8. #8
    Join Date
    Jul 2008
    Location
    greer south carolina USA
    Posts
    86

    Default Apitherapy

    I have heard that bee stings are good for many ailments including cataracts.One of my girls stung me in the eyebrow and the vision seemed to get clearer. Anyone else have any input?

  9. #9
    Join Date
    May 2006
    Location
    Rosedale, IN
    Posts
    501

    Default It Works!!

    I have a bone spur and arthritis in the thumb joint. I wear a brace at night, but it has become a constant pain now and is starting to be a problem using my hand. I don't want the operation they are recommending as it is my right hand and I couldn't use it for 6 weeks after. In desperation, I have started sting therapy. Last week was the first time and wow! what a difference. The pain started diminishing right away and by morning, it was totally gone. It came back about three days later. My husband is only home on the weekends and I can't wait for him to get home so he can sting me again. I will have to get up the nerve to sting myself! I don't know if I could do it with my left hand.

    My friend's wife is an apitheripist and this is what she said - "When a bee stings, our bodies send cortisol, a hormone that has anti-inflammatory properties, to the effected area. After two or three days the cortisol begins to diminish so by administering more stings it starts the process over. For some people swelling may require waiting an extra day or two."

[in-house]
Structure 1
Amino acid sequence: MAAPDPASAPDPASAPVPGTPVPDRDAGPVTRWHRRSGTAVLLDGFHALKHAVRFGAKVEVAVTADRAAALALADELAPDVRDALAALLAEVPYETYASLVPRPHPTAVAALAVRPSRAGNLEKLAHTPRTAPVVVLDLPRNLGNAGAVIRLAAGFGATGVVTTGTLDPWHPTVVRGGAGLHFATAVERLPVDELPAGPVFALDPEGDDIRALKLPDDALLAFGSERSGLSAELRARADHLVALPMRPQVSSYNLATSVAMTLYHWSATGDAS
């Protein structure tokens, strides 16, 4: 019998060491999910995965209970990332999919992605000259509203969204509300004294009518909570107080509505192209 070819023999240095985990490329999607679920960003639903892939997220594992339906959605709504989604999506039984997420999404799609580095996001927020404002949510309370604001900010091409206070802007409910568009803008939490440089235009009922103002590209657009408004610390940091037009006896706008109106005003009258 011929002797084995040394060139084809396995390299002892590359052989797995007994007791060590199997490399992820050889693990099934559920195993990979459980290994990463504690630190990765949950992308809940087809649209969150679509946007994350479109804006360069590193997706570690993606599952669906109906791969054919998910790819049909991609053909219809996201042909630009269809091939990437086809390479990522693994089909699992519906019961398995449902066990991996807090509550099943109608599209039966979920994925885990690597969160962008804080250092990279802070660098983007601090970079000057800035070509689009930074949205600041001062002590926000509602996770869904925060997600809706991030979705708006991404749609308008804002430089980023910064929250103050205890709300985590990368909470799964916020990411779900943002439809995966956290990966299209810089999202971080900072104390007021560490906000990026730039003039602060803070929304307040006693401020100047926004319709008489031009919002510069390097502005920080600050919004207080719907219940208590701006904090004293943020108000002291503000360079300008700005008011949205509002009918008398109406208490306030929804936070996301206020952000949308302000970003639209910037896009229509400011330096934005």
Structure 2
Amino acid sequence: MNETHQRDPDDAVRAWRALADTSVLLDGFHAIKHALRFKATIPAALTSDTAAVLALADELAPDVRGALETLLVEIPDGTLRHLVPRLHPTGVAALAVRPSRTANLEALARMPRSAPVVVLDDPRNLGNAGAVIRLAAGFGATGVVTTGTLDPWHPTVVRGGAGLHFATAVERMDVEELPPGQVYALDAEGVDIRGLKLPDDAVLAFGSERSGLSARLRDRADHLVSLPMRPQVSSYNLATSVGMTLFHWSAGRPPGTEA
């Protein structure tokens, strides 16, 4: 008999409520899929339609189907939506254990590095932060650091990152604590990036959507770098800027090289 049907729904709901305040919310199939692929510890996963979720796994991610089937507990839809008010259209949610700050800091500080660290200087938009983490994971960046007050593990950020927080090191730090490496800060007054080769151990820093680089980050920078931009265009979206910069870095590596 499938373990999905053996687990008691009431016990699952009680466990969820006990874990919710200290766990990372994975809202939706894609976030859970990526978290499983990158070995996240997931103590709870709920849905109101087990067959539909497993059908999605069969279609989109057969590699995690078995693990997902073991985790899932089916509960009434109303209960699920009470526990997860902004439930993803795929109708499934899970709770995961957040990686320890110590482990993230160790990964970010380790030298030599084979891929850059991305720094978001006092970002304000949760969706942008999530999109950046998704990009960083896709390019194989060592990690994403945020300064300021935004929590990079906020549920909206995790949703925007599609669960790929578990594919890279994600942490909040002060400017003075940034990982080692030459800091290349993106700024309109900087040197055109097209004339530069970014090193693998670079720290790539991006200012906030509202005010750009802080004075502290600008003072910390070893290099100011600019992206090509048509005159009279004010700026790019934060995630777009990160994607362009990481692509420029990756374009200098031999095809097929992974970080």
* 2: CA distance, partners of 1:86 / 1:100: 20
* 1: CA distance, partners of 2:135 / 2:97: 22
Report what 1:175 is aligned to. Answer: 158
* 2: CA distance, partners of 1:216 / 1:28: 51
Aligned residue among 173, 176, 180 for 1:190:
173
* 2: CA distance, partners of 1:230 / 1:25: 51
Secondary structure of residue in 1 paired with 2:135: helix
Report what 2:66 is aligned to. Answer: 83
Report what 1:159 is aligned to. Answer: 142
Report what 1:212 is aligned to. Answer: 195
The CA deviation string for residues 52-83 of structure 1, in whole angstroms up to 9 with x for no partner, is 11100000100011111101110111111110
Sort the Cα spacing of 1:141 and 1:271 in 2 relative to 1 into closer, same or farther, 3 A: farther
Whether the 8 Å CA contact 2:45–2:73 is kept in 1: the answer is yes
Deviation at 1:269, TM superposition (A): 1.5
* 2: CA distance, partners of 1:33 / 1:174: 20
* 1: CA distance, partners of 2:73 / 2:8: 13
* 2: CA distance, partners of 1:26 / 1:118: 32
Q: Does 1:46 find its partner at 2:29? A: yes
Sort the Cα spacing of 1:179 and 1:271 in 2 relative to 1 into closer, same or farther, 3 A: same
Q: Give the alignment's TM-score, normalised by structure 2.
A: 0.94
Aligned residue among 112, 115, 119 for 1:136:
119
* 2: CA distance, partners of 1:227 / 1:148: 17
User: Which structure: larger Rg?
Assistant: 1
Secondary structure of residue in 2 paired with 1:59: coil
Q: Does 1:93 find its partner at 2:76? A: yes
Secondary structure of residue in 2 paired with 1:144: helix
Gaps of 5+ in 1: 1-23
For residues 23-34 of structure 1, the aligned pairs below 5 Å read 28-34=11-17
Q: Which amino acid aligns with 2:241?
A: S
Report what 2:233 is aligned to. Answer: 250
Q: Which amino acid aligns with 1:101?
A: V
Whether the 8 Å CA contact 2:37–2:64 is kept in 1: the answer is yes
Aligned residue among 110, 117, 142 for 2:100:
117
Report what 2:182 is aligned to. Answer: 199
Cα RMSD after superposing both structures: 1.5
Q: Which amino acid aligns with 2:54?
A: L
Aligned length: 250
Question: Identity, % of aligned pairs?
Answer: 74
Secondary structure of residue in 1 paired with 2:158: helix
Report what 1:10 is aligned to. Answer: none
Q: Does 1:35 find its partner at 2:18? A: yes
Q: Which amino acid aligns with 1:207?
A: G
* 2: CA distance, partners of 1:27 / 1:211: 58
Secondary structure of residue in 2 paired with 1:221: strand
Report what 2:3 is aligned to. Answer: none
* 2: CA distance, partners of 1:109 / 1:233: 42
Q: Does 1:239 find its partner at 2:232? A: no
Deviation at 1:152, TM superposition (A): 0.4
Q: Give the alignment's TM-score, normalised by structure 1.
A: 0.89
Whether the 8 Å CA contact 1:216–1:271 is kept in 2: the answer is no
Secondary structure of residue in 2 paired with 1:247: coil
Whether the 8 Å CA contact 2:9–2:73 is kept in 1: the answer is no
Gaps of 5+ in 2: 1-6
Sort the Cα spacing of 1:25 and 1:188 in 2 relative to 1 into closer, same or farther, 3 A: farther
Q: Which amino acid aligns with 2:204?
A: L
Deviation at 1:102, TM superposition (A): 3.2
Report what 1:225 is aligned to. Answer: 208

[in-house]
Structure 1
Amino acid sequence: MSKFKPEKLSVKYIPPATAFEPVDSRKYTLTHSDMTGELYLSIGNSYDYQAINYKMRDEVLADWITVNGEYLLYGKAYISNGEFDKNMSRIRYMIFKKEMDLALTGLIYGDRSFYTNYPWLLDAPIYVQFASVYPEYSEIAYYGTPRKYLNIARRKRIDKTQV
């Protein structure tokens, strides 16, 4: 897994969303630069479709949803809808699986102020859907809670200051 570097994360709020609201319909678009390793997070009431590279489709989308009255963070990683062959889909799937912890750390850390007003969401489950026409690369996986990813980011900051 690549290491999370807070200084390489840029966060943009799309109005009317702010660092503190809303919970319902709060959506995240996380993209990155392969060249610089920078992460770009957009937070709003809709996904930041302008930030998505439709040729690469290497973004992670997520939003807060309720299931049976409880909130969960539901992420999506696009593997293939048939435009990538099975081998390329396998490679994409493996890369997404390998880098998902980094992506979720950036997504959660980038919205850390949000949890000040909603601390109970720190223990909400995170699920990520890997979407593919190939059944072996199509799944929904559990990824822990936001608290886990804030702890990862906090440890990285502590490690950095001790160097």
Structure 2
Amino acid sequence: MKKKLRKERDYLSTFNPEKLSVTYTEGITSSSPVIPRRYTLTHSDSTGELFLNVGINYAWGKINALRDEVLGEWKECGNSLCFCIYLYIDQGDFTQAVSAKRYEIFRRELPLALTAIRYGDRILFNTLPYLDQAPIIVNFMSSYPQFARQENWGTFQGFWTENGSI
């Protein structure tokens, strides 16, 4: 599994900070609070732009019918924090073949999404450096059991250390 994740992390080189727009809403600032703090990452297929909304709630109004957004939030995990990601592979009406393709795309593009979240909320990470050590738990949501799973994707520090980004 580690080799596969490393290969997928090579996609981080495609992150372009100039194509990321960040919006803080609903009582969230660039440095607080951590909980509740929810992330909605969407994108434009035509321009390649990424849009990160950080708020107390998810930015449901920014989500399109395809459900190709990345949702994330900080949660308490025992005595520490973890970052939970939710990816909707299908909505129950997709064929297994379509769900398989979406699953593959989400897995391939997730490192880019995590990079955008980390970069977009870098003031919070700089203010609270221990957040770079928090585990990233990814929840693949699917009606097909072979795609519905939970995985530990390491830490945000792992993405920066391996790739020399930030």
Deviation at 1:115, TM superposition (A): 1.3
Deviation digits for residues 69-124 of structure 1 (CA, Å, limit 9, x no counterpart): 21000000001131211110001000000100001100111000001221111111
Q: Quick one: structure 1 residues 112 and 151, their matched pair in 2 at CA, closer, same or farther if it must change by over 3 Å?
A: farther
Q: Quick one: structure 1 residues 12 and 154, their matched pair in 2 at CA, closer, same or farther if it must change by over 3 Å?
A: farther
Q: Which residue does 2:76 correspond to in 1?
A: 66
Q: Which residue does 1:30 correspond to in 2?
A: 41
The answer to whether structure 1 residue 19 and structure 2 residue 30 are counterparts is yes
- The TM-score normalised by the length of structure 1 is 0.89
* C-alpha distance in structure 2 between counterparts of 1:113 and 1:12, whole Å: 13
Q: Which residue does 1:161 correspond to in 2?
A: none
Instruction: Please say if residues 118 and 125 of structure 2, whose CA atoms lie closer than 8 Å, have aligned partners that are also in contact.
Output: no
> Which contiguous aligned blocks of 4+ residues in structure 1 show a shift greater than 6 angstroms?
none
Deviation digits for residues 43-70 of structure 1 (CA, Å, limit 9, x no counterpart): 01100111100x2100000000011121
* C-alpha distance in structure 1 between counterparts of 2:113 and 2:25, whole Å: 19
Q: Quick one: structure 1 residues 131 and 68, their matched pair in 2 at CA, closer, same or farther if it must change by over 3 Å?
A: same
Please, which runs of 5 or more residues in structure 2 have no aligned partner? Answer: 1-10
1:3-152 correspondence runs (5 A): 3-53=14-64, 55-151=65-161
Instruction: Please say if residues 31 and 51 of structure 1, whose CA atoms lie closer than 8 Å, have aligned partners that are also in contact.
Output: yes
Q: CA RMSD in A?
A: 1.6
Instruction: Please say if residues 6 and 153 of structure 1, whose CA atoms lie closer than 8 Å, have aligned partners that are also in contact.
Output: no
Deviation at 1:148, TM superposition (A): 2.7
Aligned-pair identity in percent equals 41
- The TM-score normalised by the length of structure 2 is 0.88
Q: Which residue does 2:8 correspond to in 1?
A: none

10. #10
    Join Date
    Jun 2008
    Location
    Lake Park, Georgia, USA
    Posts
    155

    Default I use to do that

    As a teenager I had a shop teacher that wanted me to catch bees for this same thing. Now give a teenage boy the chance to sting teachers yea boy I was up for that for sure. After a month or so of catching & putting them in a baby food jar for Mr. Hudson I talked him into letting me bring a hive to school. I hid them behind the shop and all was cool no one knew but us in the class and his injections went well. As time went on I needed to do something to the bees but anyway they (the bees) got upset and I got injected a time or two myself. I had about 3 frames out the hive and mad bees when it hit me. "Mr. Hudson are you ready for your injection?", I called out. And his reply was "I guess so". To which my reply was "put your hand in here then". That copper chain bracelet had a bee knotted up for every link it looked when he pulled it out that hive. To finish my story I think it cured him or at least he went to a more reconized treatment. Cause I soon took the bees home and he didn't need any more of my injections after that.

    I have never researched rather or not this actually did anyone any good but I have forever heard it worked. And the cortozol thing in one of the post sounds reasonable anyway.